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Today marks the tenth anniversary of the Supreme Court’s decision in Kelo v. City of New London. Kelo was an important property rights case, where Susette Kelo, and fellow New London residents, challenged the small Connecticut city’s decision to take her home. The decision dramatically expanded the government’s power of eminent domain to forcibly transfer privately owned property from one citizen to another. While the Fifth Amendment only permits the taking of private property for “public use,” the Supreme Court ruled that a Connecticut city could condemn residential properties and transfer to a private owner for purposes of economic development. Today, Kelo provides a stark example of the profound problems associated with the use of eminent domain for economic development purposes.
Although the Kelo ruling undermined the right to private property by providing judicial approval to a radical expansion of government “takings” power, there was a silver lining. The case significantly raised public awareness of the problems associated with eminent domain. As a result, citizens in many states became unwilling to tolerate this abuse of well-established rights and demanded legislative change. In the years that followed, 44 states enacted measures making it more difficult for the government to take property through eminent domain. Furthermore, a number of state supreme courts have explicitly repudiated Kelo, a further blow to the case’s legitimacy in defining the boundaries between the rights of individuals and the proper use of state power.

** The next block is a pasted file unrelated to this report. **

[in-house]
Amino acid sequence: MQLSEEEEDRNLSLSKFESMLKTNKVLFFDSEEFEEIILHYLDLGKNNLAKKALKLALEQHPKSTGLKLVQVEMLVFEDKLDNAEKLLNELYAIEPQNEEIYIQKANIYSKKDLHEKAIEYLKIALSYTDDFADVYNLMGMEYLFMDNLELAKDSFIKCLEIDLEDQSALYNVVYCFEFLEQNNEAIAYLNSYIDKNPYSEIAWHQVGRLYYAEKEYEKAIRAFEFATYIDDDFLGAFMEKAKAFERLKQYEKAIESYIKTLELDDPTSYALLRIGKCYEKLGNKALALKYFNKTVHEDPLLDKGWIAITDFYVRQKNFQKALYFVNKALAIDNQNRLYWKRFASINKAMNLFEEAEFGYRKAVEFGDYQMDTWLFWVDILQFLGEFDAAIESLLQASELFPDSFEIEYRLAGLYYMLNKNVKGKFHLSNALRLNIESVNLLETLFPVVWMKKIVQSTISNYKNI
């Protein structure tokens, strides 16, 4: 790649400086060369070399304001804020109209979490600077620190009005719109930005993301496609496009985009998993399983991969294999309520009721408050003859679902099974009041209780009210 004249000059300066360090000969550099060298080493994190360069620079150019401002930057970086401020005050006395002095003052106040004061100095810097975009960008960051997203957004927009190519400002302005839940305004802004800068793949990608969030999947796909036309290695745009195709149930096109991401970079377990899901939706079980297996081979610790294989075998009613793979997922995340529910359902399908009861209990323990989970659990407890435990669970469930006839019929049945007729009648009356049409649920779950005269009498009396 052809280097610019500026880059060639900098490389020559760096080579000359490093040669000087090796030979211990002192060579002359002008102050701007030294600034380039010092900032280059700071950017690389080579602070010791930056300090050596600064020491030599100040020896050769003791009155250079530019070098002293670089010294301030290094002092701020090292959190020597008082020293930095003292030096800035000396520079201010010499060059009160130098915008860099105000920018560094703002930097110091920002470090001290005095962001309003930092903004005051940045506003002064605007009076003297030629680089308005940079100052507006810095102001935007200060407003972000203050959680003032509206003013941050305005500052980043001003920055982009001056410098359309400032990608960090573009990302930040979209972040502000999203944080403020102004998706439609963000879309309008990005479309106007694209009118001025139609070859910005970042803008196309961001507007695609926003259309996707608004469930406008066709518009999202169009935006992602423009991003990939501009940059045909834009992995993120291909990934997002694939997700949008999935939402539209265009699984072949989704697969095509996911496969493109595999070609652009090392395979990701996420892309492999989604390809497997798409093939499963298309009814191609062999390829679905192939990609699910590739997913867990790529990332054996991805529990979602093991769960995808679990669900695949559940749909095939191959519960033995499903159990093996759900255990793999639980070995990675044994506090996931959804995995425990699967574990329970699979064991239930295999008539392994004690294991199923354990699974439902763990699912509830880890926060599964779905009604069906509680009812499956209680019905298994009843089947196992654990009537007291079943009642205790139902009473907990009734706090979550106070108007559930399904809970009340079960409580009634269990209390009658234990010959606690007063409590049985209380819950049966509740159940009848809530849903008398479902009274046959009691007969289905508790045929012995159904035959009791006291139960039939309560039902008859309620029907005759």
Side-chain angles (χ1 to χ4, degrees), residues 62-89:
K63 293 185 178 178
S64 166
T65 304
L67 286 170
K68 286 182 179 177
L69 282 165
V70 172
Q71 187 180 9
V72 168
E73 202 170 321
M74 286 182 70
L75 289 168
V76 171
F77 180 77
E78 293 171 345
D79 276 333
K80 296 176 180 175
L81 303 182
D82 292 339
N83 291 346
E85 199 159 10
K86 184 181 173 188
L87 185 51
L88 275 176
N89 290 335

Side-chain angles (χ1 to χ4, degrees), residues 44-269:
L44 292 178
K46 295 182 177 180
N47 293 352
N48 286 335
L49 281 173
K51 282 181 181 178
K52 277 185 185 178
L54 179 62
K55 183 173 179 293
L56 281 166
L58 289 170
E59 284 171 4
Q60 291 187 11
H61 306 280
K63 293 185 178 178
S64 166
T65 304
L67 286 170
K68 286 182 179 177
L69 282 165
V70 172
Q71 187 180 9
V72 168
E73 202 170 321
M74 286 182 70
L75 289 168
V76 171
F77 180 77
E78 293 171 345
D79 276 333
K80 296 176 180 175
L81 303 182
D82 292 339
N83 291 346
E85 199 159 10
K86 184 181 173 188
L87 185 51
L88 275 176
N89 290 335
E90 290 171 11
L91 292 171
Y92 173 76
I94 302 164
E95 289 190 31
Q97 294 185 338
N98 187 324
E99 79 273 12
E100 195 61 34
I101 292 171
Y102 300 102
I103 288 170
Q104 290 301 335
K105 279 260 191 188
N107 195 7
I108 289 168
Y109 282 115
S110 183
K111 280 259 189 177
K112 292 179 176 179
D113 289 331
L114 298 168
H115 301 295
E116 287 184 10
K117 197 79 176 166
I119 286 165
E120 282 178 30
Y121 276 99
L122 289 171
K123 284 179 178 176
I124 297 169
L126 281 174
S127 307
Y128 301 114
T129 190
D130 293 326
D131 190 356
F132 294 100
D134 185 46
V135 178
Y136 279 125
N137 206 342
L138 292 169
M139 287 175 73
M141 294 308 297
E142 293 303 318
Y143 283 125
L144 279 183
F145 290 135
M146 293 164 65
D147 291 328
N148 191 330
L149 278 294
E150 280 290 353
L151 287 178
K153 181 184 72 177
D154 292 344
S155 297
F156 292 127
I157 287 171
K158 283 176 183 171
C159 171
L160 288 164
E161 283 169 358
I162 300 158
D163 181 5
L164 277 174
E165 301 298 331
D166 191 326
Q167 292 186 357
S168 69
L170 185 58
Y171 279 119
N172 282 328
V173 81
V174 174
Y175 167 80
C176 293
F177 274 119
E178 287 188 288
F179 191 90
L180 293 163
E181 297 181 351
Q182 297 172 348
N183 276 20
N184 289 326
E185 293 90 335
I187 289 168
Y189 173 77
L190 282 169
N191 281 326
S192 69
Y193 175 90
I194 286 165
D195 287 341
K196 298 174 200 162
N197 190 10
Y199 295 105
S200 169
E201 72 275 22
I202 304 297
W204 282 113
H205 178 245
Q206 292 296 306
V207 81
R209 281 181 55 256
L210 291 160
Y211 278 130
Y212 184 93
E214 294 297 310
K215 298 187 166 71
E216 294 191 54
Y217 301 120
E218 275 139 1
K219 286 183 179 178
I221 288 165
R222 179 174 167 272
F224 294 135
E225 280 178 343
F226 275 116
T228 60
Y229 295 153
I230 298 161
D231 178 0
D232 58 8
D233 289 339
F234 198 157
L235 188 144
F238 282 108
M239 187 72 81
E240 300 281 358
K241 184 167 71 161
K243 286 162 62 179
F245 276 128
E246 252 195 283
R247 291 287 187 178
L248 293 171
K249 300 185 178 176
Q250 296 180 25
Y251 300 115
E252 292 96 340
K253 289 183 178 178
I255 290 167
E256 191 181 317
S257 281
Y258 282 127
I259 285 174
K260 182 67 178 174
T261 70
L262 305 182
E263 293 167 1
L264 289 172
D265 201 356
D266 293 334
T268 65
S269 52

The fate of the disputed properties themselves provide one of the strongest indictments of the Kelo ruling. The bulldozed land stands vacant to this day, while Pfizer, the target of New London’s corporate welfare development package, walked. Equally disturbing is the fact that the practice of eminent domain persists nationwide which should trouble any American citizen. The practice empowered government planners and bureaucrats, the well-connected, and special interest groups at the expense of those without political connections or significant resources to protect their property rights; interfered in the market; and dramatically expanded the notion of “public use” to include speculative economic development projects.
There are a number of recent cases that highlight why any American citizen should be troubled by the practice. These cases also highlight the fact that the legislative measures passed in the wake of Kelo have not been uniformly successful in restraining this disturbing practice. In November 2014, a bid by the New Jersey government to support the gambling industry through property condemnations received judicial approval from the Superior Court of New Jersey. When it came to individuals’ rights to their homes, the plans of the Casino Reinvestment Development Authority took precedence. A similar case in 2009 saw New York state’s highest court approve the city’s condemnation and immediate transfer of property to private developer Bruce Ratner. Ratner intended to build high-income housing and a stadium for the New Jersey Nets, the basketball team Ratner owned at the time. Awarding property belonging to others to the wealthiest in society flips the very notion of public purpose on its head.
These cases emphasize that ten years after Kelo, the incentives for the government to condemn property and award it to crony business developers are still strong. The ability to seize property for any public purpose is questionable in its own right, but the tortuous construction of public purpose to include shopping malls and casinos is a reprehensible and unacceptable violation of property rights. In recent cases, courts have not even required plans for the specific uses to which a condemned property will be put. Even worse, the individuals whose properties are condemned are often impoverished and unable to contest the seizure. It is one thing for property developers to take risks with their own money. It is quite another for these wealthy individuals to use their influence with the government to effectively turn the property rights of some into poker chips and glitzy condos for others. Public purpose indeed.
Eric Alston is a Senior Policy and Research Analyst at the Charles Koch Institute. Jordan Campbell, policy fellow in the Koch Fellow Program at the Charles Koch Institute, contributed to this report.